Retirement and Social Security Reform
The Nation's Imminent Debt Crisis Is A Matter
Of Choice - Obama's
Investor's Business Daily
March 27, 2010
By Ernest S. Christian and Gary A. Robbins
President Obama doesn't need the recently announced
National Commission on Fiscal Responsibility and Reform to
figure out how to prevent the debt from rising to apocalyptic
proportions and ruining America for generations to come. It's
not rocket science; it's a matter of presidential priorities
If the president opts to continue with the biggest ideologically
based spending spree in history - risk to the economy be damned
- federal spending for 2009-2020 will as a percent of GDP
increase by an enormous 23% (or more) compared to the Bush/Clinton
years, the government's gross debt (public plus internal)
will as a percent of GDP equal or exceed Greece's, and catastrophe
Some analysts say that America's AAA bond rating is already
in jeopardy and may be lost by 2014 at the latest.
In the alternative, if the president decides not to cavalierly
sacrifice America's prosperity (and standing in the world)
on the altar of his own ideological ambitions, he should at
the very least stop stoking the crisis. He should not deliberately
pile on top of the already bursting budget his extra $4.3
trillion of optional new spending in 2011-2020.
It's not for economic recovery (that's already provided for
in extra 2009 and 2010 spending), and existing social safety
nets are already automatically increased for inflation and
Instead, the extra $4.3 trillion is part of the long-term
cost of targeted social programs and transfer payments in
the president's expanding welfare-state policy agenda for
About $1.6 trillion of that extra spending can be saved by
stopping at the end of fiscal 2010 the long-term spending
increases enacted in 2009 under the umbrella of the American
Recovery and Reinvestment Act and other similar legislation.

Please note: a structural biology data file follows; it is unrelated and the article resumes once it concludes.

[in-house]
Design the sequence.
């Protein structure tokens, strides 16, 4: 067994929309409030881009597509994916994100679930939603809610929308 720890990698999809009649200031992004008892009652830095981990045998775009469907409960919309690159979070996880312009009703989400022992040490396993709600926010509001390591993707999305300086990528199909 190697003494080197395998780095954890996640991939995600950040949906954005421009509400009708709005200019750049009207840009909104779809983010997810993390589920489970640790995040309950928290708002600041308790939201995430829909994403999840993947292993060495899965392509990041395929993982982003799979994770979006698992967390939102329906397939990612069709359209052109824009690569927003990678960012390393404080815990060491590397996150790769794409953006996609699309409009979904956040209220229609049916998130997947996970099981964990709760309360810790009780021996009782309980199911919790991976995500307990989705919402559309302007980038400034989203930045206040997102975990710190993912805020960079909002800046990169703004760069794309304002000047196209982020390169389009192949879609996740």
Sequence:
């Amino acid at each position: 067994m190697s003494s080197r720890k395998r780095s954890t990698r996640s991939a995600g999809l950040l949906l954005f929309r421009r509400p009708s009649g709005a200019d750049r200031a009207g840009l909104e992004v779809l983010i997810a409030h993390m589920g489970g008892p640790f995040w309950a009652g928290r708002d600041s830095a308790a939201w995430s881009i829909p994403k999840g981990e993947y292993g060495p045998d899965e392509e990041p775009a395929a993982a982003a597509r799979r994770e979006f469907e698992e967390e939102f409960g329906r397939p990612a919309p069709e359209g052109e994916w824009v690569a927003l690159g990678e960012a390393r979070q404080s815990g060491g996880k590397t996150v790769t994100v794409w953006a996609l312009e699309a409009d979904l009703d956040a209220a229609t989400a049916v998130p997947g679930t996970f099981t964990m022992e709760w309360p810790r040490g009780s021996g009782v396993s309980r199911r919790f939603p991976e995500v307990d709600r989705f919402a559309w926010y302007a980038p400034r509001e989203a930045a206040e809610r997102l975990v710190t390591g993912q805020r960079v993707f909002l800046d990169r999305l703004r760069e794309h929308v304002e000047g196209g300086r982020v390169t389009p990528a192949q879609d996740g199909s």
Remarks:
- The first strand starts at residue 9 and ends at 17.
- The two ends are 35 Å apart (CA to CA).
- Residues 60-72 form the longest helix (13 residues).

Another $1.757 trillion of proposed new spending for refundable
tax credits and other transfer payments for 2011-2020 is disguised
by being buried in the "baseline" of the president's
budget. And another $881 billion of spending increases in
2011-2020 is proposed by the president for an array of programs
in the "mandatory" category.
If any of these spending increases is actually vital, surely
it could be paid for by sacrificing a bit of the political
pork that is stowed away in hundreds of underperforming federal
programs already in the $40 trillion that the president plans
for the federal government to spend in 2011-2020.
(When the Office of Management and Budget evaluated 900 federal
programs in 2007, spending exceeded performance levels by
$250 billion per year (or $2.5 trillion over a decade).
Post-recession spending restraint by the president does not
mean "cutbacks." Government would still be spending
at extraordinarily high and growing levels throughout the
Furthermore, insofar as the recession and its aftermath are
concerned, the Obama administration would still be spending
an astronomical, record-setting $6.7 trillion (or more) for
2009-10, including at least $850 billion on stimulus and other
arguably anti-recession spending this year.
If the president goes ahead and adds his extra $4.3 trillion
of spending, interest costs will increase by at least $952
billion and the public debt in 2020 will increase by at least
$5.2 trillion. Public debt in 2020 will be at least 77.2%
of GDP, even according to the president's own forecasts, and
the gross debt of the United States will be at least 107%
If one uses the Congressional Budget Office's more realistic
forecasts of interest rates, revenues and GDP growth, adding
the president's extra spending and debt is even more risky:
The public debt in 2020 will be 91% of GDP. The gross debt
will be 123% of GDP (compared with 115% to 125% in Greece
today) and greatly in excess of the "tipping point"
identified by Carmen Reinhart and Kenneth Rogoff in their
recent landmark study of worldwide data.
On the other hand, the president could decide not to put America
at such great risk and, therefore, to forgo adding the additional
spending and debt. In that case, the public debt would be
56% of GDP and the gross debt would be 85% (or, according
to CBO data, 68% and 100%).
A step-one decision by the president to forgo spending an
extra $4 trillion or so is not alone going to solve the nation's
spending and debt crisis, but it would hold it down to potentially
It would also be a dramatic step - like a shot heard round
the world - that would give some reassurance about America's
long-term financial future.
Right now, the president's fiscal credibility is low and America's
future is uncertain - the question being whether the president
is going to ruin the economy by continuing to run up the debt
or ruin it with massive tax increases.
Christian is director and Robbins chief economist of the
Center For Strategic Tax Reform.